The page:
In the new short documentary, Rainbow: The Film, Kesha provides her fans with a behind-the-scenes look at the making of her 2017 album Rainbow. While Kesha's Rainbow documentary shows BTS recording sessions, it also depicts abstract interpretations of the difficulties that the singer faced while struggling with depression, anxiety, an eating disorder, and trauma over the course of several years. During the beginning of the film, which lasts a little over 25 minutes, Kesha describes her feelings as "suffocating slowly, the colors of life washed away, covered by a thick, dark, sadness." While she says these words, the film shows her inside a pink house and covered in pink paint, lying on a bed incapacitated and with her eyes rolled back to show only their whites.
It's a disturbing image, and one clearly meant to represent Kesha's struggles in the time before Rainbow was released. But happily, the documentary also depicts the Kesha of today, wearing a jacket with rainbow fringe, coming into the pink house and giving hope that the petrified Kesha will make it through. She revives her bed-ridden self as the Rainbow song "Bastards" plays, and it's a moving, surreal depiction of overcoming obstacles and finding inner strength.
Rainbow: The Film comes out on Friday, Aug. 10 on Apple Music, and while it's certainly striking how Kesha represents her pain with abstract imagery, it's the absence of certain words that's most effective in the short doc. Never in the video does Kesha mention Dr. Luke, the music producer who she accused of committing sexual, physical, and emotional abuse, allegations which Dr. Luke, aka Lukasz Gottwald, has denied since the two's legal battles began in 2014. Yet her pain is clearly felt, so naming him isn't necessary. Besides, over the past several years, Kesha's legal battles have been so throughly discussed that the fact that she doesn't mention them directly during the doc ensures that the film powerfully focuses instead on her journey of returning to the stage.
Before 2017's Rainbow, Kesha hadn't released a solo studio album since Warrior in 2012. In the documentary, Kesha gives fans a glimpse into the music she made and performed in between her albums, when she fronted the band Kesha & The Creepies. "For the first time since high school, I was playing live music for the thrill of it," the singer explains. Getting back on-stage was instrumental in allowing Kesha to re-discover her passion and ultimately make a personal album about her hiatus from the spotlight.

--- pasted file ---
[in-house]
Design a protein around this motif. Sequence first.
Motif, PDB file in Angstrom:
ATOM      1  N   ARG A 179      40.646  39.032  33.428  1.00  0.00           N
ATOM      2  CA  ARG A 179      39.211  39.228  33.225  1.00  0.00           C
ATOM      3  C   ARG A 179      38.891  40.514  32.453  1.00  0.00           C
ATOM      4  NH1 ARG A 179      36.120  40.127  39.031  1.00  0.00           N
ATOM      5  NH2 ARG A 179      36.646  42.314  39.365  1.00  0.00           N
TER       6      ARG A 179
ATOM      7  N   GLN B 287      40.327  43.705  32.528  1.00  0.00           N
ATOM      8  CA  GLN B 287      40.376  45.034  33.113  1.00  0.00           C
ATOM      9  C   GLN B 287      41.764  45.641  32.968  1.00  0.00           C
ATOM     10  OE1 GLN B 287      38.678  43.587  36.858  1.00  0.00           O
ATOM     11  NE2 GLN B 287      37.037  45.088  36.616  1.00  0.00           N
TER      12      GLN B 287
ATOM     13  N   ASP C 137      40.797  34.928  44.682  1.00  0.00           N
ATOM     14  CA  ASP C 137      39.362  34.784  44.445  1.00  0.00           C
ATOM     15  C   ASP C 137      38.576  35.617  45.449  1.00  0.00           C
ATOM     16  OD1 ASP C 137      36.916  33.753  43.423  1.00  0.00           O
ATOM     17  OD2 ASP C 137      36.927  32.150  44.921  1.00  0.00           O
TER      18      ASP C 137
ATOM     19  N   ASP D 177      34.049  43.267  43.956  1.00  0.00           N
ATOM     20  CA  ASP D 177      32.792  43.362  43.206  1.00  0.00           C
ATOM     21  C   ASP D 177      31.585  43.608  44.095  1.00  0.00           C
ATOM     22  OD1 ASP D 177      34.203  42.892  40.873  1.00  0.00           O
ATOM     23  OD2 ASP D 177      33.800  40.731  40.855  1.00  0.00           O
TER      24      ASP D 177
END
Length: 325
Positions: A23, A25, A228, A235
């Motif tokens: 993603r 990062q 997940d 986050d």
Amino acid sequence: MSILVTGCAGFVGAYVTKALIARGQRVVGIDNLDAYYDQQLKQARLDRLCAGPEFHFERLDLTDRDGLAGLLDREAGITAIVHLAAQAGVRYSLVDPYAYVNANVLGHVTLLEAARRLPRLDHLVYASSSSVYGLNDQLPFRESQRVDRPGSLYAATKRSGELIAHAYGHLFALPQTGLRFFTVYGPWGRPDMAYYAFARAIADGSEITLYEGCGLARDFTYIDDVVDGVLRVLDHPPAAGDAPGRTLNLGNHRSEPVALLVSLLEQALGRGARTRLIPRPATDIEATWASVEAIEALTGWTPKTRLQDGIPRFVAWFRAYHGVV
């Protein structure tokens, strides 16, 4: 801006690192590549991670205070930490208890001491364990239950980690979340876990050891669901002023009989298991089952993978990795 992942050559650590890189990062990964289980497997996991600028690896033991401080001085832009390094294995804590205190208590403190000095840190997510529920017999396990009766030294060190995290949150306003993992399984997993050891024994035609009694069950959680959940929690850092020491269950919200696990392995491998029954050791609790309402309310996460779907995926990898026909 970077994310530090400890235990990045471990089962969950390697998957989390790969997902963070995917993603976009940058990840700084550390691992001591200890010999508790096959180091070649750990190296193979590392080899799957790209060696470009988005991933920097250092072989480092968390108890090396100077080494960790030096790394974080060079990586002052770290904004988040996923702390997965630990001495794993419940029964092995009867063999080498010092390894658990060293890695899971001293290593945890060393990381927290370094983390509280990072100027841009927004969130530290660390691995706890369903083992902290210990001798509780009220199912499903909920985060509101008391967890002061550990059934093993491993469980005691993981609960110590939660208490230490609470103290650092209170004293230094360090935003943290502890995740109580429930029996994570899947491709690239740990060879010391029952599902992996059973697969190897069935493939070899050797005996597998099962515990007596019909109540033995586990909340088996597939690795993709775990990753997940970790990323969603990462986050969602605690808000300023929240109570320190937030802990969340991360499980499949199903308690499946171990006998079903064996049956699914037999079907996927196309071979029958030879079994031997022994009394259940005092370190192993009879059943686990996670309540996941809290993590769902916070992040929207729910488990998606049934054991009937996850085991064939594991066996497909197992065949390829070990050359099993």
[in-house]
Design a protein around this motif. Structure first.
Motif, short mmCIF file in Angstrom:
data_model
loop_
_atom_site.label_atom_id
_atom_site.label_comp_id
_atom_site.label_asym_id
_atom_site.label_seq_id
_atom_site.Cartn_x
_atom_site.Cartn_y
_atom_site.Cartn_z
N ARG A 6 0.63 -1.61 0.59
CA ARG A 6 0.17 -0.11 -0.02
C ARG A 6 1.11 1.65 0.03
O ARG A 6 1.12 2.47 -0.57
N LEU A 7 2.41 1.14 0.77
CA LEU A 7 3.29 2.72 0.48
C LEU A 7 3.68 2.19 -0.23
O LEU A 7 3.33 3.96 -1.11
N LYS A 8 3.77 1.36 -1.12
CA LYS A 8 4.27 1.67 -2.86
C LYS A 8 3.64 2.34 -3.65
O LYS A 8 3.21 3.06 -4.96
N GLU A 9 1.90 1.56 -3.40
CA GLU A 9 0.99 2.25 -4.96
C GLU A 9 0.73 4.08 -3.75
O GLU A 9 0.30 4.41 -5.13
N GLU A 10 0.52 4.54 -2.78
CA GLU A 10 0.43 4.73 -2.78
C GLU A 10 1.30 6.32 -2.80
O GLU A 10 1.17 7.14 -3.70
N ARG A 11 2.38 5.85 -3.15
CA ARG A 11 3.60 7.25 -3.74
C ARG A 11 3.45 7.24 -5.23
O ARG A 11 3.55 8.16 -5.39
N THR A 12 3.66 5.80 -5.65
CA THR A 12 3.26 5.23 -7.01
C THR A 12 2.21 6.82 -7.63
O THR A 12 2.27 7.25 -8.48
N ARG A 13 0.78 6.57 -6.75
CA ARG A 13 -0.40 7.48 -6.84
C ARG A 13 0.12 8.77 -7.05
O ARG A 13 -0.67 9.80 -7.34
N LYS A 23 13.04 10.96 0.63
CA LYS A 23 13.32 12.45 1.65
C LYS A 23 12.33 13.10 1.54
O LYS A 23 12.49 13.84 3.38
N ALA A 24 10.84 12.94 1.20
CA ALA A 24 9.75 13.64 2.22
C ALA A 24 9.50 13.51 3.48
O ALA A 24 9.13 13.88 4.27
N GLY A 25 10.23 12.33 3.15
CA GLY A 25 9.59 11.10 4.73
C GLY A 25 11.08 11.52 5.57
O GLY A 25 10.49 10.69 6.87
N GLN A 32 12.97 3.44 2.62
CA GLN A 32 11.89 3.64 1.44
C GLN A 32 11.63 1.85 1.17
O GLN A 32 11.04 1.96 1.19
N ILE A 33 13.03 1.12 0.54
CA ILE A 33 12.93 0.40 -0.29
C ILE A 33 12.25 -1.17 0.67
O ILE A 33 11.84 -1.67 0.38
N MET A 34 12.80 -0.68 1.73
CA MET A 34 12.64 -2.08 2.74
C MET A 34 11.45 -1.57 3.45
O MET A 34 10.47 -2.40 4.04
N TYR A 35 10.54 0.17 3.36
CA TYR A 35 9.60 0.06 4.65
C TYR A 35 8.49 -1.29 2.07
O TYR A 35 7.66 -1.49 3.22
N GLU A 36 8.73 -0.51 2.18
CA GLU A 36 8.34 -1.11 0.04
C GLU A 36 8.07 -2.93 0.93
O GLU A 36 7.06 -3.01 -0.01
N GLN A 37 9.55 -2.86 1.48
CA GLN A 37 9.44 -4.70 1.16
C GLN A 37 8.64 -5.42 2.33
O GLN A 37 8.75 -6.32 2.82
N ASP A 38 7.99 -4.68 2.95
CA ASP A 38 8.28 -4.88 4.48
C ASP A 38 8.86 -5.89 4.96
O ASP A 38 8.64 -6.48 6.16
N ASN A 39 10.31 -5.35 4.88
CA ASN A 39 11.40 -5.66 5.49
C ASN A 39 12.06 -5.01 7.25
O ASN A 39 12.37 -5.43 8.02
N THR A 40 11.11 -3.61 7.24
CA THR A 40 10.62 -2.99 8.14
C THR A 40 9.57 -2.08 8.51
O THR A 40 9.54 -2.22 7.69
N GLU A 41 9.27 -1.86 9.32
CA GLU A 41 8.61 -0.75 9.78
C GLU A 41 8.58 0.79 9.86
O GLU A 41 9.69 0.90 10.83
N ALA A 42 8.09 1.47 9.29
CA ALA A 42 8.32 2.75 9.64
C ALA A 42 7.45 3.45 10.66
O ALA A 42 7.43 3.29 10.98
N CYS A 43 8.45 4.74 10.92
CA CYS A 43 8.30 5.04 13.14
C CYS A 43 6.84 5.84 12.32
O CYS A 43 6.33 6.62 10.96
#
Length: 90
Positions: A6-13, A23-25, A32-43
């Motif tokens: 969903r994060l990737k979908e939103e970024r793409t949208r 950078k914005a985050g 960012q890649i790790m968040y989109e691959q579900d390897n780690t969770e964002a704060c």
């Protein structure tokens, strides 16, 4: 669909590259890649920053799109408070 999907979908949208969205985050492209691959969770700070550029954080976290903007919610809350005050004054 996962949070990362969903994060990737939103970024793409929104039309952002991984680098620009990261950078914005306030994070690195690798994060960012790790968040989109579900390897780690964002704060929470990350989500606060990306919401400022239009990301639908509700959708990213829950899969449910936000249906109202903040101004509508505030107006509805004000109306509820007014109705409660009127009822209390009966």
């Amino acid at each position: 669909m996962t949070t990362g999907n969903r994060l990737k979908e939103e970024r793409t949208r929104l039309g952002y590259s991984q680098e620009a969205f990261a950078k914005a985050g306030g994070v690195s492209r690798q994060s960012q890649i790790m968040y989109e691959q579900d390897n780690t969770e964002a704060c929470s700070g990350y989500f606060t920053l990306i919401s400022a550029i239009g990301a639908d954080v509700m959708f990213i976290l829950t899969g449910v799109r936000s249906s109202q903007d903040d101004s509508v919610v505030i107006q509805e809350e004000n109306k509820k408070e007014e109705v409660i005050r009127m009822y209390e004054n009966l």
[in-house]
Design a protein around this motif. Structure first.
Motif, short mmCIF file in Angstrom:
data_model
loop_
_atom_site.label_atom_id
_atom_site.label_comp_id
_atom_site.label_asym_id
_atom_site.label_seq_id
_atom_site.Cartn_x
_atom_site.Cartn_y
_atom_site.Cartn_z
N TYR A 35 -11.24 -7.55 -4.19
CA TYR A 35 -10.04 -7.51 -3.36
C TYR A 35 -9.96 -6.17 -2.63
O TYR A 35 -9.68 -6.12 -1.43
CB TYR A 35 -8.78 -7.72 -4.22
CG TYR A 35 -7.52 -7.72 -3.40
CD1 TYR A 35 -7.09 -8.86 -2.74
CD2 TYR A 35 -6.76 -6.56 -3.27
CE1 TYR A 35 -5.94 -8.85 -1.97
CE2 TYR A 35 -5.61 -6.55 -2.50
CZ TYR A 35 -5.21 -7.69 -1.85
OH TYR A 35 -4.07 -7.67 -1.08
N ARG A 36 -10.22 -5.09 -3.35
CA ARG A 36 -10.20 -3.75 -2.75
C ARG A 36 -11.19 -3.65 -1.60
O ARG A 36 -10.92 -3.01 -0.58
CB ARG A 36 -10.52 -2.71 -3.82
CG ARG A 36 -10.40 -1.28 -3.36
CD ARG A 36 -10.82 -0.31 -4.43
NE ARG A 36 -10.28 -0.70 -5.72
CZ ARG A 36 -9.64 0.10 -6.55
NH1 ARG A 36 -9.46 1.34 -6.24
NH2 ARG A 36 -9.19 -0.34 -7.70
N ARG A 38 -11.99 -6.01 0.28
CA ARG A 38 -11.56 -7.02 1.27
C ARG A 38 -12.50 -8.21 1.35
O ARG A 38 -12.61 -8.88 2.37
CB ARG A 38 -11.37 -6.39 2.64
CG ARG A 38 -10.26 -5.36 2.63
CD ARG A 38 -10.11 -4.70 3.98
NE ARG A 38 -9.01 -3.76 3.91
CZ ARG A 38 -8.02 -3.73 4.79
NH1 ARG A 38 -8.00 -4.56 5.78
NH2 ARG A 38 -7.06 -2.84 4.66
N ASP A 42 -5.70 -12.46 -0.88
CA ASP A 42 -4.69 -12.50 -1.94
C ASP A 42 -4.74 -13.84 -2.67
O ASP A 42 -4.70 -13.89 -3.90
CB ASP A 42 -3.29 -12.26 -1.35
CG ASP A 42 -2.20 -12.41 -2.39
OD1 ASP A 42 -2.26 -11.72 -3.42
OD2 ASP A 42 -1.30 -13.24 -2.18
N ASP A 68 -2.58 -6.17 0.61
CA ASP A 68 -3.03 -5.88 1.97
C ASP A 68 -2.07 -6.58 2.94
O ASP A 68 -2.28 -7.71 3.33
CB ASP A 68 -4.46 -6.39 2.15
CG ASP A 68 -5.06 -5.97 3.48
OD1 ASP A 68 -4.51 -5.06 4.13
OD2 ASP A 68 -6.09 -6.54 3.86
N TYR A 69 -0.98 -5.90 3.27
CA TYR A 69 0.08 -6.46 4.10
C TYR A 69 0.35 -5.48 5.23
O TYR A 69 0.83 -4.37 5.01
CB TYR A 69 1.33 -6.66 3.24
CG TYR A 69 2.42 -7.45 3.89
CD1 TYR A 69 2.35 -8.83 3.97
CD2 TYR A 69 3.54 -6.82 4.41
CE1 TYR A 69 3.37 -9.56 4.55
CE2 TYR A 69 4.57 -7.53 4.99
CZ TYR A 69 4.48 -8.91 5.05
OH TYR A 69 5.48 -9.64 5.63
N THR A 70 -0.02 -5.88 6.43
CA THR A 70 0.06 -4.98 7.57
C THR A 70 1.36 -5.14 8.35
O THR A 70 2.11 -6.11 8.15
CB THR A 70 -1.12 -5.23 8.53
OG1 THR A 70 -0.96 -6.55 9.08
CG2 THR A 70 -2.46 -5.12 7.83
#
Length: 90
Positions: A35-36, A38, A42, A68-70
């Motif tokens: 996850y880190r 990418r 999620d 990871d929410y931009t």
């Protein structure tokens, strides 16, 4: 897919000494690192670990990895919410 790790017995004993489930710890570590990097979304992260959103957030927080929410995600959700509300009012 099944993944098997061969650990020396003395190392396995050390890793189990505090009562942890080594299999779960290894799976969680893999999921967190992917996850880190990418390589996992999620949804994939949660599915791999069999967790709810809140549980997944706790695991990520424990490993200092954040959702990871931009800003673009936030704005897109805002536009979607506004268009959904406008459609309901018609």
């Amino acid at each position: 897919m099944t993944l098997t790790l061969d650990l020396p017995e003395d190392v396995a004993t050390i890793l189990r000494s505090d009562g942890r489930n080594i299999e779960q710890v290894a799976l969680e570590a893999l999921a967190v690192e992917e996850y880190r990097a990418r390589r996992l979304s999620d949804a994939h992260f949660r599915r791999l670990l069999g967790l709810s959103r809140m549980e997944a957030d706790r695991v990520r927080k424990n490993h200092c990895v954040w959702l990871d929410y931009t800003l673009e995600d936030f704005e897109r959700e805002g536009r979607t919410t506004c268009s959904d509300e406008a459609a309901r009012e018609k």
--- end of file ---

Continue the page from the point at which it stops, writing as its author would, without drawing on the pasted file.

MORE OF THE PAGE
The result has had quite an impact. "Praying" has become an anthem for survivors of any kind of trauma or hardship, and the whole album is filled with similarly powerful tracks. In one scene, producer Ben Folds asks Kesha why she writes so many lyrics about darkness, to which the singer simply responds, "In the dark, I realized life is short."
Throughout the whole documentary, it's made clear that Kesha has been through very difficult times — she discusses going to rehab and dealing with severe trauma, among other things — but luckily feels now like she's been reborn. It hasn't been an easy process, though; one scene reveals the singer struggling to get through a rehearsal of "Praying" before the 2018 Grammys. "I’m there and there’s all the people, and there’s Beyonce," Kesha says, discussing the pressures of singing about her traumatic experience in front of such a major audience.
Most people don't have to share their stories of overcoming personal trauma in front of Beyonce, but as everyone saw during that Grammys performance, Kesha performed that daunting task tremendously well. Ultimately the doc shows the singer as a source of inspiration for so many people, and Kesha makes it clear she wants her fans to seek help when they need and find their own inner strength. It doesn't have to be in front of Beyonce, but it can still be incredibly important.